Since the parties to the case had already agreed not to argue the matter of contributory copyright infringement, the circuit court next considered whether the buffer copies of programs for the DVR service constituted direct infringement. This required determining who created the copies. While the district court had ruled that Cablevision created the copies, albeit at the request of a specific subscriber, the circuit court disagreed with this analysis. Per the precedent Religious Technology Center v. Netcom On-Line Communications Services, which established the requirement for "some element of volition or causation" in the creation of a copy,[6] the circuit court found that while Cablevision had some involvement in the process via managing the technology that enabled the copying, its involvement was not "sufficiently proximate" to constitute direct copyright infringement.[1]

The circuit court also disagreed with the district court's finding that the copied programs were transmitted to the public, and instead noted that each copy would only be sent to a particular subscriber who requested it. Thus, the practice did not constitute "public performance" that must be authorized under copyright law.[1] Instead the practice of a single subscriber viewing a program at a later time was found to be time shifting, which is allowable per the Supreme Court precedent Sony Corp. of America v. Universal City Studios, Inc.[7]


This ruling is considered to be an important precedent for the applicability of American copyright law toward modern practices of on-demand viewing of entertainment programs, and modern technologies that enable such consumer behavior by temporarily copying copyrighted digital files but not keeping or redistributing them.[8][9] However, the ruling has also been criticized for encouraging abuse of copyright law in its failure to draw clear boundaries when measuring the duration of "transitory" or "temporary" copies of copyrighted digital files.[10][11]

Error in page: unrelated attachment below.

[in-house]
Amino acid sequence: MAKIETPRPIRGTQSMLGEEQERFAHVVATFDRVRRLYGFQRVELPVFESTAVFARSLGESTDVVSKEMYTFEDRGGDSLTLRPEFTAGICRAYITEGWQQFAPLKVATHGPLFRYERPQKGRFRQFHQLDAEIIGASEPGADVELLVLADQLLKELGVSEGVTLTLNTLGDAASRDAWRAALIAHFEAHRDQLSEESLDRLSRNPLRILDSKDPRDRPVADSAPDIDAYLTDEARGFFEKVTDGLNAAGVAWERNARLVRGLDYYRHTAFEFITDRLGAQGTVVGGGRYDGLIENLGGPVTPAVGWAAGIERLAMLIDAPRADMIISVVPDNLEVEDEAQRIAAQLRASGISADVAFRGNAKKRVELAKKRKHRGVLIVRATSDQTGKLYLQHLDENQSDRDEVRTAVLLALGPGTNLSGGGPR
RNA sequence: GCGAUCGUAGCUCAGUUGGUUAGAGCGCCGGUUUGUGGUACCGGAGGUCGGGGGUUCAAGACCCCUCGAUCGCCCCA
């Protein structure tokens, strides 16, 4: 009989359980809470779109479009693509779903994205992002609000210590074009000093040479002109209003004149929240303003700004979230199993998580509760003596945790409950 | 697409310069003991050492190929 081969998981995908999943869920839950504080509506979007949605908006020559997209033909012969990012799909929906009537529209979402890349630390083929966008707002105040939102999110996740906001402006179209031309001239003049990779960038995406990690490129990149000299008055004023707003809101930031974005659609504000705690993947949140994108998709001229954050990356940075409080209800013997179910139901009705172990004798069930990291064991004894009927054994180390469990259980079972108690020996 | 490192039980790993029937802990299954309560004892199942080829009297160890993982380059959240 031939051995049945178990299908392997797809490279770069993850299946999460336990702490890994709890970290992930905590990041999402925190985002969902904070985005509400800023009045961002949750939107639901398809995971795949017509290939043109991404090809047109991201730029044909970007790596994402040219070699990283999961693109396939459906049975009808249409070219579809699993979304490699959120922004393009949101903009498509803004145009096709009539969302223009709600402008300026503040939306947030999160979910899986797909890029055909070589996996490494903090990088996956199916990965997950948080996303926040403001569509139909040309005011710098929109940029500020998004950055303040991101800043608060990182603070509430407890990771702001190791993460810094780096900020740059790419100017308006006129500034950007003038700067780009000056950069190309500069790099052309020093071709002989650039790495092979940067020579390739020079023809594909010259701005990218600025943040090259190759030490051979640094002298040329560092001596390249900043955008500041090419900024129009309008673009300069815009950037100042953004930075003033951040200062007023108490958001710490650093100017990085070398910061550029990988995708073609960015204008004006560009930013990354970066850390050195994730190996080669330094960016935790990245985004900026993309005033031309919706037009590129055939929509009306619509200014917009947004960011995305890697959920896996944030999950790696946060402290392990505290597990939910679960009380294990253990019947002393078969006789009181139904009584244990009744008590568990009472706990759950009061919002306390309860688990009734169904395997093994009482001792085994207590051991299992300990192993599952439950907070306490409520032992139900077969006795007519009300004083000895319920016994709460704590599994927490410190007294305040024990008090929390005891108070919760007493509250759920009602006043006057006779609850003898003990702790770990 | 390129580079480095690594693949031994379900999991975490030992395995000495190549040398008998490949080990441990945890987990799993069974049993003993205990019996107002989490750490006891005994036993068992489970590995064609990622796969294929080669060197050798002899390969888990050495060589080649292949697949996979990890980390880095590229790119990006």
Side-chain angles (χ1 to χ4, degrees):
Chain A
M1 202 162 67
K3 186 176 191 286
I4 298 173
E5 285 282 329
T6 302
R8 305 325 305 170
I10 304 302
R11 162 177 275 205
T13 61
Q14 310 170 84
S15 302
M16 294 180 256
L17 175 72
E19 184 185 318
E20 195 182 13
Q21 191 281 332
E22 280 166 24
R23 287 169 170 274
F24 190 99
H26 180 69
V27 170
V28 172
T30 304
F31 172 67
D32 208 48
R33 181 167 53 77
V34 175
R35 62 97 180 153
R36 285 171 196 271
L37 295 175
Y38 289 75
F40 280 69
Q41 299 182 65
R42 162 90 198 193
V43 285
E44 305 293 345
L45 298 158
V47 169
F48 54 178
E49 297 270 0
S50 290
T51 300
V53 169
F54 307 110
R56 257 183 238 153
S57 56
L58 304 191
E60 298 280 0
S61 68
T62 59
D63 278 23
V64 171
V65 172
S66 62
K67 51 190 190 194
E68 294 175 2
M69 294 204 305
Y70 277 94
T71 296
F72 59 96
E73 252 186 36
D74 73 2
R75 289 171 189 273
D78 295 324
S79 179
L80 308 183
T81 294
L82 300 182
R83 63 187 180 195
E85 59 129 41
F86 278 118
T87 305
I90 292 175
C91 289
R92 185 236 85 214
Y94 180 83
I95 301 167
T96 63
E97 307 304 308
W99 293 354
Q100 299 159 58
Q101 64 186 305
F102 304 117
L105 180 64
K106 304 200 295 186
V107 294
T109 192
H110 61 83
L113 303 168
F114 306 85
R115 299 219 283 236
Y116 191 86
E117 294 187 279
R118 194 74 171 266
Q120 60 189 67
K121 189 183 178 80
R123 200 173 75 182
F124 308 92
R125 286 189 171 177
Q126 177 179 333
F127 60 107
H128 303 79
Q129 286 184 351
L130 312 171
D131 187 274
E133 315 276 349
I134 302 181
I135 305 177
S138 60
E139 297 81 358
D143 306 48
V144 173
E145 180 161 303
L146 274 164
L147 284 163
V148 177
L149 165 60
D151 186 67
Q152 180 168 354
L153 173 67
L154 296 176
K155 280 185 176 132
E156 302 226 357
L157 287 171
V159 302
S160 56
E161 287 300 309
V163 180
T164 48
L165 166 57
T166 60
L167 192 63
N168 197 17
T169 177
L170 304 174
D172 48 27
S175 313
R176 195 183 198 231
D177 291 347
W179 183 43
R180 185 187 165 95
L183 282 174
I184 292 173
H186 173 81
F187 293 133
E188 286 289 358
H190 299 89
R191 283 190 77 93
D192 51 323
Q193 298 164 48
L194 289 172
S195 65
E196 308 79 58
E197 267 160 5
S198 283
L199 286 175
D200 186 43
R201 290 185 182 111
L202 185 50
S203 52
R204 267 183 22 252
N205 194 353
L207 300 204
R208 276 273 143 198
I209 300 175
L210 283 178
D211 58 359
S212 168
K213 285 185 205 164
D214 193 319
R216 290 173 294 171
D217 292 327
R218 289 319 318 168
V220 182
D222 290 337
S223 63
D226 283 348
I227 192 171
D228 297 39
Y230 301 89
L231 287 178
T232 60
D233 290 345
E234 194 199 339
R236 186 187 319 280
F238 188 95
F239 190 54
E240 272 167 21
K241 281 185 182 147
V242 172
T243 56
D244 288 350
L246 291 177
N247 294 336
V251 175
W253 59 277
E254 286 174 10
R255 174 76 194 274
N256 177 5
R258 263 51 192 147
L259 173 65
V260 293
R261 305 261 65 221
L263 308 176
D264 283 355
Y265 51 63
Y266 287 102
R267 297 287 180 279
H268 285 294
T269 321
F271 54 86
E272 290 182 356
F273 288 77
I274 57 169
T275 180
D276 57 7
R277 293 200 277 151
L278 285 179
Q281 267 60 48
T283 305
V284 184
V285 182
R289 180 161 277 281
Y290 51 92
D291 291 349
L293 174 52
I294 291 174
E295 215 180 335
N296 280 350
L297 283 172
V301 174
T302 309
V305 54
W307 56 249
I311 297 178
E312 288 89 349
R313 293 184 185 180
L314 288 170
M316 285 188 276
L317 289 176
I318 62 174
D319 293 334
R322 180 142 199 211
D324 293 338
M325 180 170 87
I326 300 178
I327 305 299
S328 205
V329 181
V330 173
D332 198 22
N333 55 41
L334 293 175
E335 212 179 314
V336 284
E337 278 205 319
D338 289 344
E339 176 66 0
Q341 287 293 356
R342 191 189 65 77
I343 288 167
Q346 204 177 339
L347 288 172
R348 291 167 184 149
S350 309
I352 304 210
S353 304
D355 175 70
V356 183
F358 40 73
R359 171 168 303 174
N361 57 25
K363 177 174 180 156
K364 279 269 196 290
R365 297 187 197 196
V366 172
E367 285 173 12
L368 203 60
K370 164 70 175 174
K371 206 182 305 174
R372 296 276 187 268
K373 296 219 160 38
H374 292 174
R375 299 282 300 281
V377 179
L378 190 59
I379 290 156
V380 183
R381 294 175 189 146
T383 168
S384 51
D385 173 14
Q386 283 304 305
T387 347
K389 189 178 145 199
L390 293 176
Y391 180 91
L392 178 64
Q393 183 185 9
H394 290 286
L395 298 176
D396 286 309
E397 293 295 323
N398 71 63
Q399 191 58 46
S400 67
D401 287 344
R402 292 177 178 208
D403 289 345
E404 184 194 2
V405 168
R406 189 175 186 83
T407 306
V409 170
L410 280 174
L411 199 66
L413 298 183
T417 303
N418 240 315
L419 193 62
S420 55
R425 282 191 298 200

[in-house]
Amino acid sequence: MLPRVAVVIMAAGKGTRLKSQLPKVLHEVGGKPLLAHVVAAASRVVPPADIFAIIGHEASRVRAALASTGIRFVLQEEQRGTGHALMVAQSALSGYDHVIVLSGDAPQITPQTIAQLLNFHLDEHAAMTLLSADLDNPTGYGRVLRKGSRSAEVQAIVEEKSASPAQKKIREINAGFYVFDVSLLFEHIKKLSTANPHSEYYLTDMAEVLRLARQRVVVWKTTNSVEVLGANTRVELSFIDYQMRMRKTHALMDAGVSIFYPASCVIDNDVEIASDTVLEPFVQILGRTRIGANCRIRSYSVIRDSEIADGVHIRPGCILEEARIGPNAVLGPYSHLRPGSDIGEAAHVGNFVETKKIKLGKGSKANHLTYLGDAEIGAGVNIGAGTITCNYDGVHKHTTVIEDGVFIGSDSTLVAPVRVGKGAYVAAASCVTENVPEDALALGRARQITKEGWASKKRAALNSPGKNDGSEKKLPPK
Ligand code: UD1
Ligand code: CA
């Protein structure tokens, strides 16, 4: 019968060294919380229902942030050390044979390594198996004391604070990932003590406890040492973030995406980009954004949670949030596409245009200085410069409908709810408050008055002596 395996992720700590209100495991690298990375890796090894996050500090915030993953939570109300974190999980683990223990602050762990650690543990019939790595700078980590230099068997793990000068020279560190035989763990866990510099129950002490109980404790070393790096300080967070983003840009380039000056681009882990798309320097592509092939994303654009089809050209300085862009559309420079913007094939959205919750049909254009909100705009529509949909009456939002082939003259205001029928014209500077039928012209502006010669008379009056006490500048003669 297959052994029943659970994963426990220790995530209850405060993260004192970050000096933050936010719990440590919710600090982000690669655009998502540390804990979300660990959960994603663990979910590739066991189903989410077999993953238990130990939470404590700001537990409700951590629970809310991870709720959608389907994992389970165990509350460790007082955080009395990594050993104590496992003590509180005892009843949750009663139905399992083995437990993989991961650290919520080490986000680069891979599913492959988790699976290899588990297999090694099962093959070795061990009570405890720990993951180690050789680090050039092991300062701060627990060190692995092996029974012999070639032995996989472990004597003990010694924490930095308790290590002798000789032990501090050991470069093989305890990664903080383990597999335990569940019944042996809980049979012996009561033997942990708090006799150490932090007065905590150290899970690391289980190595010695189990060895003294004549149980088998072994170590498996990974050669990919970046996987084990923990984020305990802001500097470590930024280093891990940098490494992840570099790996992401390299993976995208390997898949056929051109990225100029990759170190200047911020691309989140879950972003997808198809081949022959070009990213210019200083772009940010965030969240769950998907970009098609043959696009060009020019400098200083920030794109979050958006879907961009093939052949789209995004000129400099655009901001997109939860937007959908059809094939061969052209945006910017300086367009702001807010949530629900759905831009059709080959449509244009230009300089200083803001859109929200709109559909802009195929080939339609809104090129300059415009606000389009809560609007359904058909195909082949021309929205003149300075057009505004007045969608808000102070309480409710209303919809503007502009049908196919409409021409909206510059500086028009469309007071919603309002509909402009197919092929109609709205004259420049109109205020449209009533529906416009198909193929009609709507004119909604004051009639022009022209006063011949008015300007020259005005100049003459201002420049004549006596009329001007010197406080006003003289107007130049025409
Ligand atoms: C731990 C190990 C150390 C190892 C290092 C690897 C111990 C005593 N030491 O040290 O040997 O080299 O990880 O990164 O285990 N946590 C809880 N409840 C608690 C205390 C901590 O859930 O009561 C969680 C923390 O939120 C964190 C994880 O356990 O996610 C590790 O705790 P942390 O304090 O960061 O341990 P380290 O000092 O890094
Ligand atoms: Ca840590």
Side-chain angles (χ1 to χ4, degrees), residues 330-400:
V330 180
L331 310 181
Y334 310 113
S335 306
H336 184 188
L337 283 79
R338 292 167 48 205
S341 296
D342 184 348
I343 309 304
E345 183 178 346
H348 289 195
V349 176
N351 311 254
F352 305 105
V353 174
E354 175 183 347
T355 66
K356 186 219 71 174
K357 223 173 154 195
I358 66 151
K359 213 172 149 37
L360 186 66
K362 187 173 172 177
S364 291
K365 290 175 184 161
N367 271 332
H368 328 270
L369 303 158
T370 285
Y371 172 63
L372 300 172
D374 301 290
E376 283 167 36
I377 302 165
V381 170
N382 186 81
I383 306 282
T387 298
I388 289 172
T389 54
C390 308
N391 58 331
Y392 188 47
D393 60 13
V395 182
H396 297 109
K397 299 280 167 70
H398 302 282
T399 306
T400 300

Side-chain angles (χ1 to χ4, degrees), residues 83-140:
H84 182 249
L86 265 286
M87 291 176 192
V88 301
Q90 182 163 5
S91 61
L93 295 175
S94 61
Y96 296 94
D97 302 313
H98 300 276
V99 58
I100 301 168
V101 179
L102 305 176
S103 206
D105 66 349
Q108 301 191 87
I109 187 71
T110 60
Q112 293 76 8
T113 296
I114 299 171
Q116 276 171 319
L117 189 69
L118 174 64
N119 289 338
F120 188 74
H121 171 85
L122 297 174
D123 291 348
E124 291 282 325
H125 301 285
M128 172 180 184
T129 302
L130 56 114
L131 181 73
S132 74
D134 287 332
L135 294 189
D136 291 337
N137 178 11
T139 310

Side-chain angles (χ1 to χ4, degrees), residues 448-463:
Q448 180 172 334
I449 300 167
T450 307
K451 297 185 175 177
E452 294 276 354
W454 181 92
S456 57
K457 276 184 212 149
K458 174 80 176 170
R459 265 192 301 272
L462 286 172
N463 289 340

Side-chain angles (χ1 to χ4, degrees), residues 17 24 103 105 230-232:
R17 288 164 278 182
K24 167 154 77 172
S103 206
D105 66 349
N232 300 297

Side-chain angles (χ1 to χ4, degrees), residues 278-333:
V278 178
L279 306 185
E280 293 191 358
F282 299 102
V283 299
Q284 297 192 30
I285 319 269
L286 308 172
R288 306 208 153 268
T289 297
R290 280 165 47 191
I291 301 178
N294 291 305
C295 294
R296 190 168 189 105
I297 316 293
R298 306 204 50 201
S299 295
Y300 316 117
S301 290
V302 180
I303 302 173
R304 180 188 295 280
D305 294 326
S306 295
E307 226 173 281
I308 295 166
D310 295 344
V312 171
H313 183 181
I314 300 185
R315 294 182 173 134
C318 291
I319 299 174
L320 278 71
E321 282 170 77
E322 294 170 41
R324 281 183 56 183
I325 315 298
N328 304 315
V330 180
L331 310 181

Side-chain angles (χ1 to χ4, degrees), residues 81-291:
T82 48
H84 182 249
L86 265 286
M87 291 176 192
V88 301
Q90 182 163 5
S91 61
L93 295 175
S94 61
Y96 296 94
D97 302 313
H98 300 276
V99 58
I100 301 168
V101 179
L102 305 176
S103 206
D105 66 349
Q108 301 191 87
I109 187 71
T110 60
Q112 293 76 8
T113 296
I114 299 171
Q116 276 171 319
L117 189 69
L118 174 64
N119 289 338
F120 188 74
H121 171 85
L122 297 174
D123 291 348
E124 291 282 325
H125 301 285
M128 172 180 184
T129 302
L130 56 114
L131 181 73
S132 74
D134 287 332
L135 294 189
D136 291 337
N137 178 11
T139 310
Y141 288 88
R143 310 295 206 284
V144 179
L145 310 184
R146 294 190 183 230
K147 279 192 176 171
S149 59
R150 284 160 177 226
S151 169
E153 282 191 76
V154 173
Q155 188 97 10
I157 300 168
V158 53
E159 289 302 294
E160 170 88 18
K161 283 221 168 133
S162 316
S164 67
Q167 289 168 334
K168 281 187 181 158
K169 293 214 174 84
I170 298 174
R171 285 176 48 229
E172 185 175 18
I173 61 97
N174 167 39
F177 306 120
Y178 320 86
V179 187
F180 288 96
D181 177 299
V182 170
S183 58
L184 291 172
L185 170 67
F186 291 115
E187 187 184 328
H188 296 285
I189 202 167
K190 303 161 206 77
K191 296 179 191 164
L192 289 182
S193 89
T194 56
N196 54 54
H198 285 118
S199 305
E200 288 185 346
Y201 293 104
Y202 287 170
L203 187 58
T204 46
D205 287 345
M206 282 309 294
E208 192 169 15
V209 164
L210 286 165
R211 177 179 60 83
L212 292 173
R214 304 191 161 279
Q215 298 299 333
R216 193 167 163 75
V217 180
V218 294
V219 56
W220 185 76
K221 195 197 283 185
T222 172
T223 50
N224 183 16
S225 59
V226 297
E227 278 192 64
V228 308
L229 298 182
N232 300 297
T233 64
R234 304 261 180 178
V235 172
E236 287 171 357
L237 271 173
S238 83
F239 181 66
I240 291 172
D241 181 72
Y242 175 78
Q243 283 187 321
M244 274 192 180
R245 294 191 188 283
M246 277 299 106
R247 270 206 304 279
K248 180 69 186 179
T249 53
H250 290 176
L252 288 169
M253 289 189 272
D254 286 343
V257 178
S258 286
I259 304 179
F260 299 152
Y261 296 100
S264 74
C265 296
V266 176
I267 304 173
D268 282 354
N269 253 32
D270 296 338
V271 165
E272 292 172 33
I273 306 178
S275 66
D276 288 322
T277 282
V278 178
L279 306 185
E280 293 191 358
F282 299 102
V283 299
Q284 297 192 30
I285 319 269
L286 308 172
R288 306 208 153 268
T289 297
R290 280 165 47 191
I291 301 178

1. ^ a b c d e f g Cartoon Network, LP v. CSC Holdings, Inc. Archived April 29, 2011, at the Wayback Machine, 536 F.3d 121 (2d Cir. 2008).
  2. ^ a b MAI Systems Corp. v. Peak Computer, Inc., 991 F. 2d 511 (9th Cir,, 1993).
  3. ^ a b c Zohar Efroni - The Cartoon Network v. CSC Holdings & Cablevision Systems Stanford Law School: Center for Internet and Society.
  4. ^ a b c d e f Twentieth Century Fox Film v. Cablevision Sys., 478 F. Supp. 2d 607 (S.D.N.Y., 2007).
  5. ^ 17 USC § 101
  6. ^ Religious Technology Center v. Netcom On-Line Communication Services, Inc., 907 F. Supp. 1361 (N.D. Cal. 1995).
  7. ^ Sony Corp. of America v. Universal City Studios, Inc., 464 U.S. 417 (1984). Public domain This article incorporates public domain material from this U.S government document.
  8. ^ David Johnson, DOJ Asks U.S. Supreme Court Not to Hear Case with Potential Major Impact on Cloud-Computing Copyright Issues Archived December 22, 2010, at the Wayback Machine, Digital Media Lawyer Blog (June 3, 2009).
  9. ^ Harman, Jesse (2009). "Drawing a Line between Direct and Contributory Copyright Infringement: The Second Circuit's Take on a Copying Service Provider's Direct Liability in Cartoon Network v. CSC Holdings". DePaul Journal of Art, Technology and Intellectual Property Law. 19 (2): 397–420 – via HeinOnline.
  10. ^ Hugard, Michelle (2010). "Lost in Transitory Duration: A Look at Cartoon Network v. CSC Holdings, Inc. and Its Implications for Future Copyright Infringement Cases". U.C. Davis Law Review. 43 (4): 1491–1528 – via HeinOnline.
  11. ^ Vidiksis, Christopher (2009). "How to Buffer Your Way out of a Scrape: Potential Abuse of the Cartoon Network v. Cablevision Decision". Brooklyn Journal of Corporate, Financial & Commercial Law. 4 (1): 139–176 – via HeinOnline.